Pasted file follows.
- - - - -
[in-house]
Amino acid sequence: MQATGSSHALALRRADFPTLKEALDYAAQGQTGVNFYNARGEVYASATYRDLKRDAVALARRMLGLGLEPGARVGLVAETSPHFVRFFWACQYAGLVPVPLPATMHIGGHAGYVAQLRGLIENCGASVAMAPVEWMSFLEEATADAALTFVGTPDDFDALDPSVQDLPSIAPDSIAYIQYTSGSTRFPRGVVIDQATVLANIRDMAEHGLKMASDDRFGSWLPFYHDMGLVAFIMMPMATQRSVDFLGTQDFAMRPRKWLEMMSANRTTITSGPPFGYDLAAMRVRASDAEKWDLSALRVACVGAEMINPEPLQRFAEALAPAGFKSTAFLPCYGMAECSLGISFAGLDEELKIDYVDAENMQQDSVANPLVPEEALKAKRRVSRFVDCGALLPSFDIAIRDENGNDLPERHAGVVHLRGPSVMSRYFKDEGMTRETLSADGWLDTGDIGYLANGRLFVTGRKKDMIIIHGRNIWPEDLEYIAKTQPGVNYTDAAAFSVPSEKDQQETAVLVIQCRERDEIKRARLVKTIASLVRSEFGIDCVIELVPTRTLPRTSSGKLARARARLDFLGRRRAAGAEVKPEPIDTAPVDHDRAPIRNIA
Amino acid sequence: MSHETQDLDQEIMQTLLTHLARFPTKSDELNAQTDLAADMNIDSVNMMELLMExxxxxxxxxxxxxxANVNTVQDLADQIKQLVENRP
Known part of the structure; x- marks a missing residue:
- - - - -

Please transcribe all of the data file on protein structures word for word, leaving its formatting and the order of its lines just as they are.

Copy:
[in-house]
Amino acid sequence: MQATGSSHALALRRADFPTLKEALDYAAQGQTGVNFYNARGEVYASATYRDLKRDAVALARRMLGLGLEPGARVGLVAETSPHFVRFFWACQYAGLVPVPLPATMHIGGHAGYVAQLRGLIENCGASVAMAPVEWMSFLEEATADAALTFVGTPDDFDALDPSVQDLPSIAPDSIAYIQYTSGSTRFPRGVVIDQATVLANIRDMAEHGLKMASDDRFGSWLPFYHDMGLVAFIMMPMATQRSVDFLGTQDFAMRPRKWLEMMSANRTTITSGPPFGYDLAAMRVRASDAEKWDLSALRVACVGAEMINPEPLQRFAEALAPAGFKSTAFLPCYGMAECSLGISFAGLDEELKIDYVDAENMQQDSVANPLVPEEALKAKRRVSRFVDCGALLPSFDIAIRDENGNDLPERHAGVVHLRGPSVMSRYFKDEGMTRETLSADGWLDTGDIGYLANGRLFVTGRKKDMIIIHGRNIWPEDLEYIAKTQPGVNYTDAAAFSVPSEKDQQETAVLVIQCRERDEIKRARLVKTIASLVRSEFGIDCVIELVPTRTLPRTSSGKLARARARLDFLGRRRAAGAEVKPEPIDTAPVDHDRAPIRNIA
Amino acid sequence: MSHETQDLDQEIMQTLLTHLARFPTKSDELNAQTDLAADMNIDSVNMMELLMExxxxxxxxxxxxxxANVNTVQDLADQIKQLVENRP
Known part of the structure; x- marks a missing residue: